The younger generation are at the forefront of the newest tech, newest trends, and newest ways of thinking, so it is only right that the health and care provided to our children and young people matches up.
Over the autumn months, Kent Surrey and Sussex Academic Health Science Network (KSS AHSN), NiHR Kent Surrey and Sussex Applied Research Collaborative (ARC KSS), Surrey Heartlands ICS (SyH) and Surrey and Borders Partnership NHS Foundation Trust (SaBP) came together to plan and put on a roadshow, to highlight the priorities for Children and Young People in Surrey and shine a light on the art of the possible when it comes to innovation in health and care.
On Friday 11 November, colleagues from across the CYP health and care landscape were invited to the Surrey Heartlands Health Tech Accelerator for the Surrey Children and Young People’s Innovation Roadshow. Alongside the commissioners, transformation leads, charity heads, clinicians, academics and members of Surrey County council (to name a few), we also had ambassadors from the Surrey User Voice and Participation Team. It was essential to the roadshow team to keep the morning centred around young people, and to not lose sight of the voice of those who would be on the receiving end of this work and our three ambassadors really endorsed this thinking.
The morning kicked off with Becca Randell, CYP Mental Health Implementation Lead for KSS AHSN and ARC KSS and Emilios Lemoniatis, Chief Digital Ethics and Privacy Officer for SaBP introducing the aims of the day:
- Showcase innovations available to support work with children and young people – the art of the possible.
- Facilitate system leads to share their key innovation needs – what do we need to focus on?
- Facilitate collaborative working opportunities – there is strength in numbers, lets work together to improve outcomes.
Jenny Partridge, Tech Nav Programme Manager KSS AHSN, then took the mic, and with the support of Rafiah Patel, Chief Digital Ethics and Privacy Officer SaBP and the 3 ambassadors from the Surrey User Voice and Participation team, lead everyone through a series of quick-fire pitches from a selection of innovators working in the CYP space from Mental Health to Surgery to Speech and Language support.
In a virtual Dragon’s Den style, the innovators had 5 minutes to pitch their innovation and 5 minutes to take questions from the room. Although this session was not geared towards procurement of any innovations presented, it provided a flavour of what could be used to improve patient outcomes for CYP in Surrey and gave the innovators an opportunity to hear the kinds of queries and criteria that their solutions need to speak to, such as ensuring platforms work with diversity in mind, and whether apps designed for younger children could also help those in their teens. Not only from the multi professionals in the room, but also the young people themselves.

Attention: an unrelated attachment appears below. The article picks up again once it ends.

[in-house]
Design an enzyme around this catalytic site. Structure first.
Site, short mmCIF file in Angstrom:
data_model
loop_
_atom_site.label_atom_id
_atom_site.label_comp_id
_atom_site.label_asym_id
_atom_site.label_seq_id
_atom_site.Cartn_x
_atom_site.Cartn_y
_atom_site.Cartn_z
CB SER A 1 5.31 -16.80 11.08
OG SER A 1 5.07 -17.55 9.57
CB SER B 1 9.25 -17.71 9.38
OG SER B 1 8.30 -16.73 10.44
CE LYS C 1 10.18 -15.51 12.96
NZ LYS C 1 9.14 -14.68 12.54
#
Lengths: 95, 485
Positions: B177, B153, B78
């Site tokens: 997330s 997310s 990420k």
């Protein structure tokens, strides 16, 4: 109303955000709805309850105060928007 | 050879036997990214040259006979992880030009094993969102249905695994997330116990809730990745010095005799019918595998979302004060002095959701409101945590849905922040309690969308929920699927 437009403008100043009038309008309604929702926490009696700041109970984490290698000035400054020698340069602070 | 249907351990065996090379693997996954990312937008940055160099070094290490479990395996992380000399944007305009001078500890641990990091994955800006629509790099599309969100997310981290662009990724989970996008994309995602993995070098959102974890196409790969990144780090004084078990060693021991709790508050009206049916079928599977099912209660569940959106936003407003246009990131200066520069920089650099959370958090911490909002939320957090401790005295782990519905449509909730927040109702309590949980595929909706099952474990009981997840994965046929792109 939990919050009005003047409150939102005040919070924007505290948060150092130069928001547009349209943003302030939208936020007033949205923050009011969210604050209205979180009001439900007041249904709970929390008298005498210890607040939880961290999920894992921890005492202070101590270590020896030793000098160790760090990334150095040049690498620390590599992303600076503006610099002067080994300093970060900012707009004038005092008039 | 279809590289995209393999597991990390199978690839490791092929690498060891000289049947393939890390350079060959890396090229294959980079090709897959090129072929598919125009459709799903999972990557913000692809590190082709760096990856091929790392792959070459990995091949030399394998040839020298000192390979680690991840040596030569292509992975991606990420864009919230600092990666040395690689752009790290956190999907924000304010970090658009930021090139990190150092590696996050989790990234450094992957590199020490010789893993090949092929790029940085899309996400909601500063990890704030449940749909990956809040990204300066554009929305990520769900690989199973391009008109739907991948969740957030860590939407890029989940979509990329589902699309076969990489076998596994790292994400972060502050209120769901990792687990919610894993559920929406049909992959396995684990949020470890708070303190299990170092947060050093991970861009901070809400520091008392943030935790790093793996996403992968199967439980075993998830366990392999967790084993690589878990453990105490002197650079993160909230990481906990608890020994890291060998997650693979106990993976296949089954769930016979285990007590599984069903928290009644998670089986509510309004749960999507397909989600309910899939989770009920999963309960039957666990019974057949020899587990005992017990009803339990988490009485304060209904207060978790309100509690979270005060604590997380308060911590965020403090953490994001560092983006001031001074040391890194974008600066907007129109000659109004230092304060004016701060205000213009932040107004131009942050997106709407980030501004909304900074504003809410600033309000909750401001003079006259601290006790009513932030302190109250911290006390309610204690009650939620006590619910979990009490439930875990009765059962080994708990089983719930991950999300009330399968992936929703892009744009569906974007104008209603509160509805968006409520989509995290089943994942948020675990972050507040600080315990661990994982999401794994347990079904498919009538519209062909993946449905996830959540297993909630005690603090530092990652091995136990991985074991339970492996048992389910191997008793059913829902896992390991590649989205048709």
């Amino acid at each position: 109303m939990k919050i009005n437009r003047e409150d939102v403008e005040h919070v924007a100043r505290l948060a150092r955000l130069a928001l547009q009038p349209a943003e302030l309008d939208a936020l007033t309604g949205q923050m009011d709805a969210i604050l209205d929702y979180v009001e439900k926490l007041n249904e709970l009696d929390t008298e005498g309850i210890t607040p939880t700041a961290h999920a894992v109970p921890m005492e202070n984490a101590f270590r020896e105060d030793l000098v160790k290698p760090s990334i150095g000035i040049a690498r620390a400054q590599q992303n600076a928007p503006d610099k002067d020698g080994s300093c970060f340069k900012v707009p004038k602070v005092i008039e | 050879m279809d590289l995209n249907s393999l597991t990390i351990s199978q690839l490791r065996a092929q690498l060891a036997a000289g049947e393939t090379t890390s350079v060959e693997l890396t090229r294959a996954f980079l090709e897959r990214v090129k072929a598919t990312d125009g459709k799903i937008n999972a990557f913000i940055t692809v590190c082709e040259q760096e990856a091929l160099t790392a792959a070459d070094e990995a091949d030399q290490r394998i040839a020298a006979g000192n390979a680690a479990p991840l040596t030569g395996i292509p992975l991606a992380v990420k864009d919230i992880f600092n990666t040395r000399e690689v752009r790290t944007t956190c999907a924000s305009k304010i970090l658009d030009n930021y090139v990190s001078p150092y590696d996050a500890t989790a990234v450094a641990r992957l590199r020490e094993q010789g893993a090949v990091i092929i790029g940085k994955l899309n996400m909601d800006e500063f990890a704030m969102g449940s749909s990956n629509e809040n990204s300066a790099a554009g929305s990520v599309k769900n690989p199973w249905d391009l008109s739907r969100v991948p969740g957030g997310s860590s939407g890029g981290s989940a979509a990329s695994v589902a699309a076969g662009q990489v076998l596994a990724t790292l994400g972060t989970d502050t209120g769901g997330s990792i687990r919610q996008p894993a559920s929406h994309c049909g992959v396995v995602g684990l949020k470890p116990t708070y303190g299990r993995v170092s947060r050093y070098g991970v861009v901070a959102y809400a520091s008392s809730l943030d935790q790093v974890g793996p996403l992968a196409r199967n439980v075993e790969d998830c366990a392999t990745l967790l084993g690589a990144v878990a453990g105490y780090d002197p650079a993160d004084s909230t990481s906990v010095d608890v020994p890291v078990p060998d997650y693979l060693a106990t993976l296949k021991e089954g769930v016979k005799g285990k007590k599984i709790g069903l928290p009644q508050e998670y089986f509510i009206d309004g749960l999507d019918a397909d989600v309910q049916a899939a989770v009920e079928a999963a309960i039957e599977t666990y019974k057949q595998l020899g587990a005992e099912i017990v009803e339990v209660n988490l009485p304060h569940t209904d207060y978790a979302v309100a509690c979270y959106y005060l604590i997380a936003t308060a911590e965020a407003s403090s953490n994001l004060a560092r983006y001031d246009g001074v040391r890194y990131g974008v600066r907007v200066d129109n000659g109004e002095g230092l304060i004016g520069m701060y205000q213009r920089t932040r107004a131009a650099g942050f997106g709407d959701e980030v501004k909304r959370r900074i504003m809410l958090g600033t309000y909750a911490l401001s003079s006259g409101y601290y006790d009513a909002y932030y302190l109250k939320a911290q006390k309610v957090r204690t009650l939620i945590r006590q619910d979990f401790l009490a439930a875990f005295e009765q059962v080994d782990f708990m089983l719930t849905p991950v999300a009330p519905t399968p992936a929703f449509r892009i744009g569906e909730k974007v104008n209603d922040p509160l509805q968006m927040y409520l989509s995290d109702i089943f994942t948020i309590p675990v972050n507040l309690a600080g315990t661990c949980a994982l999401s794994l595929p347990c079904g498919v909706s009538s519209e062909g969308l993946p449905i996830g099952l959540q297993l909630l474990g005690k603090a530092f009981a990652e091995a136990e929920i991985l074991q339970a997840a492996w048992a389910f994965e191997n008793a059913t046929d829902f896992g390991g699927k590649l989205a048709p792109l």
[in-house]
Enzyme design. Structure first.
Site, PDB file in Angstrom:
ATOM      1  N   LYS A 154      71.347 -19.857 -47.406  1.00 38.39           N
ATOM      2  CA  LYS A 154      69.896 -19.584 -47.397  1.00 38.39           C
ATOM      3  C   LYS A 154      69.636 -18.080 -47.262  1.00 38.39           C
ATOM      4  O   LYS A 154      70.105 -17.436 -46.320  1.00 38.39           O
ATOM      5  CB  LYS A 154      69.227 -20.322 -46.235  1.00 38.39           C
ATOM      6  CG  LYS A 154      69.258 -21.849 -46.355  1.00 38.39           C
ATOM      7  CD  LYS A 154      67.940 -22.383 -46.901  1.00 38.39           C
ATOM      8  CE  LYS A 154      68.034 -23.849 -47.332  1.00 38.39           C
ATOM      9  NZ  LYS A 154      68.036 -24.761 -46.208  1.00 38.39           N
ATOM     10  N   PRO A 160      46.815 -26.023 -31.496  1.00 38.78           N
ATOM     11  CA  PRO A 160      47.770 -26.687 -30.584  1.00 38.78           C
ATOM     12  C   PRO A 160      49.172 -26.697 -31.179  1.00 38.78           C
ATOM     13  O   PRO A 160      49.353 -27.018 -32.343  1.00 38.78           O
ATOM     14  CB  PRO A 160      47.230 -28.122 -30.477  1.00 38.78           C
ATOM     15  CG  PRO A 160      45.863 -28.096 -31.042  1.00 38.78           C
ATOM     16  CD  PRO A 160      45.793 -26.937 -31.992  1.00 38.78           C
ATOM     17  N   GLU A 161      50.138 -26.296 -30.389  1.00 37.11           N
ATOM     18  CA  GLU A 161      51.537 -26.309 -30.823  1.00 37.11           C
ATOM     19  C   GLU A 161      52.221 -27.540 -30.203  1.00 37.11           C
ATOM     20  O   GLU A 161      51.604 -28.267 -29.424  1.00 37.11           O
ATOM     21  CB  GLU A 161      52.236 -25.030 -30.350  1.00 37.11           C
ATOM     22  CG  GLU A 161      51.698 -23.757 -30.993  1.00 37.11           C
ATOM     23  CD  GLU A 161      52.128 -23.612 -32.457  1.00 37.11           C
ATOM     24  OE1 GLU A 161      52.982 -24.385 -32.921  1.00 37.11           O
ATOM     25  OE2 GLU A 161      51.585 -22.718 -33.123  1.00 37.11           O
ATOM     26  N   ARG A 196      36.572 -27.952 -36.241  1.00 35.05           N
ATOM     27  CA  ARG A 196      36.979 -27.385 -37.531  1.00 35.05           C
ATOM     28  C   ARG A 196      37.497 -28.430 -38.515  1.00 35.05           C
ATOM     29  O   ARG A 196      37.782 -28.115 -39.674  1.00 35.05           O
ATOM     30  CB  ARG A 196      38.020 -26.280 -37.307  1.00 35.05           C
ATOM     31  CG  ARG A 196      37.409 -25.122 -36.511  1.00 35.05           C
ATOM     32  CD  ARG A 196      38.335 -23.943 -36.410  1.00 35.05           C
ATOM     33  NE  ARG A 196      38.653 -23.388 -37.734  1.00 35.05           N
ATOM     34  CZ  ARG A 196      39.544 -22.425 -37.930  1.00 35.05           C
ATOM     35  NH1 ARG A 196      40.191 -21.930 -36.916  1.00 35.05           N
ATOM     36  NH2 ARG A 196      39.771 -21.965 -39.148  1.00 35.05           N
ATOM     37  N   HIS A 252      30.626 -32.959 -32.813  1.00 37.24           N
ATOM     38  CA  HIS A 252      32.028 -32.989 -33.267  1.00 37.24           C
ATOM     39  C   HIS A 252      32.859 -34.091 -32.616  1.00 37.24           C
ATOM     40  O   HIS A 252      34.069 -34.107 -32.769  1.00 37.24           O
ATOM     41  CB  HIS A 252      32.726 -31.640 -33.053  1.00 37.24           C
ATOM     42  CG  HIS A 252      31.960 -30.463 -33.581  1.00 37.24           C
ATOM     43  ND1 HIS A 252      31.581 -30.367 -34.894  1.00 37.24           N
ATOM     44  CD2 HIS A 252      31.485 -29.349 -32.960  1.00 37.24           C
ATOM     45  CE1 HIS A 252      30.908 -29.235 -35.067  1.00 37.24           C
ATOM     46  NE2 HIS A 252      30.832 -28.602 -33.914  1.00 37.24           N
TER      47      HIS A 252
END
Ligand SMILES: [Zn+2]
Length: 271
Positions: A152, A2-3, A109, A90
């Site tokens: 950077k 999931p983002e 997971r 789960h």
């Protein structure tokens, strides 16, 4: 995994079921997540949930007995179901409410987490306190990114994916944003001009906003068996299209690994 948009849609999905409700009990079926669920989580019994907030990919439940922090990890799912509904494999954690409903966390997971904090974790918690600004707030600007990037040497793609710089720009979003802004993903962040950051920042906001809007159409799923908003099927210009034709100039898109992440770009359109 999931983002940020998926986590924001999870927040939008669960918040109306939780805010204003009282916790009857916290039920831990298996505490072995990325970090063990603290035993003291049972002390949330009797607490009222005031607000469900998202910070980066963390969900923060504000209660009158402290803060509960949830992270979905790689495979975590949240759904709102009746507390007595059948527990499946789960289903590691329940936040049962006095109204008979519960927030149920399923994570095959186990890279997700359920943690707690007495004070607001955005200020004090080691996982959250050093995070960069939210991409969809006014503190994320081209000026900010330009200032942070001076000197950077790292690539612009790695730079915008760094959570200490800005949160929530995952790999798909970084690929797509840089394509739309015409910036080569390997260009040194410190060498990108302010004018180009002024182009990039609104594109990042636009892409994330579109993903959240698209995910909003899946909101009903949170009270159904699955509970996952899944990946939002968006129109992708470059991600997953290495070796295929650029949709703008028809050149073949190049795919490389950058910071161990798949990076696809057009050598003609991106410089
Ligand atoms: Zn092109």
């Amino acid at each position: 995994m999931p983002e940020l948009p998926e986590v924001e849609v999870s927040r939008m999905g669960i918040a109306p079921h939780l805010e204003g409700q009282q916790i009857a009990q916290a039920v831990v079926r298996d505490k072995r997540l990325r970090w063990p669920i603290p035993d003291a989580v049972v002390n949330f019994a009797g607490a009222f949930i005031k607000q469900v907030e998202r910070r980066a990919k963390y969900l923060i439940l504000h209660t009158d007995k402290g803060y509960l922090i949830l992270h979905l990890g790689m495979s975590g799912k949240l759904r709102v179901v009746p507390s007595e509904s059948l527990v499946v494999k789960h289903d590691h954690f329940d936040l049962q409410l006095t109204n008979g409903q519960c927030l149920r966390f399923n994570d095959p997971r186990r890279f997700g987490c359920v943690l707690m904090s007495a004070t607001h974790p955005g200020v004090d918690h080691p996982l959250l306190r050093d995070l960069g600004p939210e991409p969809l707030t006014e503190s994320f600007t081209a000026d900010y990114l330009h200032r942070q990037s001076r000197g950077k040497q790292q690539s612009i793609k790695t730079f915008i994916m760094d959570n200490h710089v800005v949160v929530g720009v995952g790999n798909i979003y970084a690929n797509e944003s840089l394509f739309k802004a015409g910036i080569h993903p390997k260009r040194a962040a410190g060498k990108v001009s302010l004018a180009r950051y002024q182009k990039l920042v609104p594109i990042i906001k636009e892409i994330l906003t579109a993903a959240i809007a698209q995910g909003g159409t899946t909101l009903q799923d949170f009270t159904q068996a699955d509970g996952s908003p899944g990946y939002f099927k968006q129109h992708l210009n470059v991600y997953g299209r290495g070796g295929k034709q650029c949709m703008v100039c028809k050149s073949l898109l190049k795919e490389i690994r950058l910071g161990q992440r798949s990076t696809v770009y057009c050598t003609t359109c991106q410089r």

The pitches ignited a fire in our attendees at what they could be utilising, with one guest on departure telling us that she ‘Couldn’t believe what she has heard today! The possibility that is out there for the taking is amazing!’
The second half of the morning was all about Ideation, asking attendees to get under the skin of what Surrey’s health and care providers want and need for their children and young people. Arjun Sikand, Director of Innovation SyH, took the room through a series of questions to promote discussion around the key innovation needs. On an interactive forum, attendees were asked:
- What are your 3 key CYP Health and Social Care priorities in Surrey?
- Are there any new CYP innovations/products/services you would like to see adopted in Surrey?
- What resources are needed to explore/trial/adopt new CYP innovations in Surrey?
The last question was particularly important, because realistically you can’t implement new services or products without the capacity and assets to do so. Attendees had been shown what could be achieved, it was now time to talk about how to achieve it.
The roadshow made it clear that the multi professionals working within CYP know what they want, they know where their pain points are, and they have great ideas on what is needed to fix them. It also made clear that work is happening in CYP, the innovations are out there and that by tapping into KSS AHSN and ARC KSS support those solutions can be sourced, tailored, trialled, and implemented with an air of ease.
With all aims hit, bellies full from the lunch provided and the opportunity to network with those in the room, the roadshow was a great success – we even had a couple of guests who had to leave early wishing they could stay for longer to really absorb everything being said in the room.
The conversation, however, doesn’t stop with this roadshow. This work now needs to be put into action and all the organisations that partnered to make the event happen will continue to be on hand to turn the discussion into reality. And if you think that you would like to be involved in an event such as this, plans for the next Roadshow are underway for Spring 2023.